Charlotte Wrigley asked us to imagine a very different future, one where resurrected mammoths might trample down the permafrost in Siberia’s tundra, thereby counteracting the terrible effects of climate change. She spent a few months with Sergey and Nikita Zimov, the father and son spearheading this madcap plan, while researching the effects of thawing permafrost. This took her to mammoth museums, cryobanks and a winter on the ice along the way.


Read more: Mammoth task: the Russian family on a resurrection quest to tackle the climate crisis


This year was, after all, supposed to be a year that focused on the climate crisis. But of course, the 2020 United Nations Climate Change Conference was postponed until 2021. Attendees next November will find another futuristic vision we’ve covered there – an exhibit of some speculative “museums of the future” that might encourage visitors to reflect on humanity’s damaging relationship with nature – and, hopefully, do something about it.


Read more: Climate crisis: how museums could inspire radical action


The Gallery of Ecological Art (formerly China gallery) at the British Museum of Decolonised Nature. Image courtesy John Zhang and Studio JZ, Author provided

Megan Clement, Commissioning Editor, COVID-19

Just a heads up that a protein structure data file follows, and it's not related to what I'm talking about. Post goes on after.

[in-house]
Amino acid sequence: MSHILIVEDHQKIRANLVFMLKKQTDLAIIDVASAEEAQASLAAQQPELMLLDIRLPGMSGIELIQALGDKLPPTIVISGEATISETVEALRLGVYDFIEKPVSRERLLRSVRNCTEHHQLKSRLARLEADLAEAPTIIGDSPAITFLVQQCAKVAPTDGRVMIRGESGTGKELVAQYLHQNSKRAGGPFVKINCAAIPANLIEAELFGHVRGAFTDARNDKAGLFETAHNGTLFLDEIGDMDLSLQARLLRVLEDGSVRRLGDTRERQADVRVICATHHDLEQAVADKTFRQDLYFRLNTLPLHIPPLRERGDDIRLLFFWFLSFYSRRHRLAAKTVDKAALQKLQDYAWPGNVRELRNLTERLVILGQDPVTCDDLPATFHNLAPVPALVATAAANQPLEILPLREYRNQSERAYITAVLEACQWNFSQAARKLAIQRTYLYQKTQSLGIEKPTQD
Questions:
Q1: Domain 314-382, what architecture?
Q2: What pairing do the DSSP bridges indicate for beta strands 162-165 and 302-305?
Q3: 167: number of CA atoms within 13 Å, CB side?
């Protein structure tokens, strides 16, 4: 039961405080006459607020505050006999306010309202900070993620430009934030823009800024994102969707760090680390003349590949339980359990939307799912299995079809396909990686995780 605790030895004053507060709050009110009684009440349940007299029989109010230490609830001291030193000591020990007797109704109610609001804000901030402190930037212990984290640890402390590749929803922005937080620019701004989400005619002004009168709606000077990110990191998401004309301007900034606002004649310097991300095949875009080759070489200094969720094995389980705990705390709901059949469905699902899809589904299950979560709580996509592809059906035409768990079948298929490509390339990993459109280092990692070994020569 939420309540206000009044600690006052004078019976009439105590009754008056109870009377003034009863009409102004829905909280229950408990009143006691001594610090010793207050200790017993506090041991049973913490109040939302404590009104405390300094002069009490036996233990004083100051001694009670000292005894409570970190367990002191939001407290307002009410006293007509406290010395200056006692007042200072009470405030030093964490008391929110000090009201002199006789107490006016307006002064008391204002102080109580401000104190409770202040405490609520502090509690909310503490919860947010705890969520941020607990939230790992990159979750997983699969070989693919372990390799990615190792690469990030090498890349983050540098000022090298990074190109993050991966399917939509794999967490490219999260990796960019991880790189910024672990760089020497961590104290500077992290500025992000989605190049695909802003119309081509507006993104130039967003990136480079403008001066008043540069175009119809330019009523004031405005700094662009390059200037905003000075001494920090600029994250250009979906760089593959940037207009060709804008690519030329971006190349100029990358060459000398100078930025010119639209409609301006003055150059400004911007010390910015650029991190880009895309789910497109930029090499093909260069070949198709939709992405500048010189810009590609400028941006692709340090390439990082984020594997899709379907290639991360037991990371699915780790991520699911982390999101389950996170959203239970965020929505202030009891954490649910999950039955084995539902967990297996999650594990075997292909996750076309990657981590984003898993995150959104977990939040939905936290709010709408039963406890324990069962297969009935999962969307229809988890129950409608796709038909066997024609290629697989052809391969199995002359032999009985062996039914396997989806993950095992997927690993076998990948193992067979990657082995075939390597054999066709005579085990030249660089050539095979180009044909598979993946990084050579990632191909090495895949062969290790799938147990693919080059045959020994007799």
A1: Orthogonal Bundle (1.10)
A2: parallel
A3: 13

After months of covering the horror of the early stages of the coronavirus pandemic, we were desperate for a glimpse of hope. In autumn, that came in the form of an ear, nose and throat surgeon in Nottingham, who wrote to The Conversation to tell us that he and his colleagues had invented a new form of PPE.

Why? So they could continue carrying out life-changing surgery on deaf children. His story, along with the delightful pictures of trying to mimic surgery while wearing a scuba mask, lifted the spirits of our editors and readers alike.


Read more: Coronavirus stopped us doing life-changing surgery, so we invented a new form of PPE


As the year drew to a close, we heard from another set of healthcare workers who wanted to share their stories. Two infectious disease doctors, Tom Wingfield and Miriam Taegtmeyer, wrote about the challenges and successes of caring for COVID patients in the hospitals of Liverpool during the second wave of coronavirus. Their moving testimony, including tributes to lost colleagues and recovered patients, will stay with me throughout the winter.


Read more: 'We will not forget our colleagues who have died': two doctors on the frontline of the second wave


Rob Reddick, Commissioning Editor, COVID-19

The decision to prioritise vaccinating care home residents in the UK shows that the risk of COVID-19 in care settings is finally being taken seriously. But the high vulnerability of people in care seemed to come as a surprise in the first wave. It shouldn’t have.

As Chris Wilson’s archival research showed, a Victorian cholera epidemic provided a chilling preview of what happens when there are inadequate precautions to stop a disease getting into an institution of care. Hopefully this example, and those of 2020, will ensure that sufficient protections are always in place in the future.


Read more: The eerily similar pandemic we could have learned from but didn’t


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This content was originally published by The Conversation. Original publishers retain all rights. It appears here for a limited time before automated archiving. By The Conversation

Covid-19 – Johns Hopkins University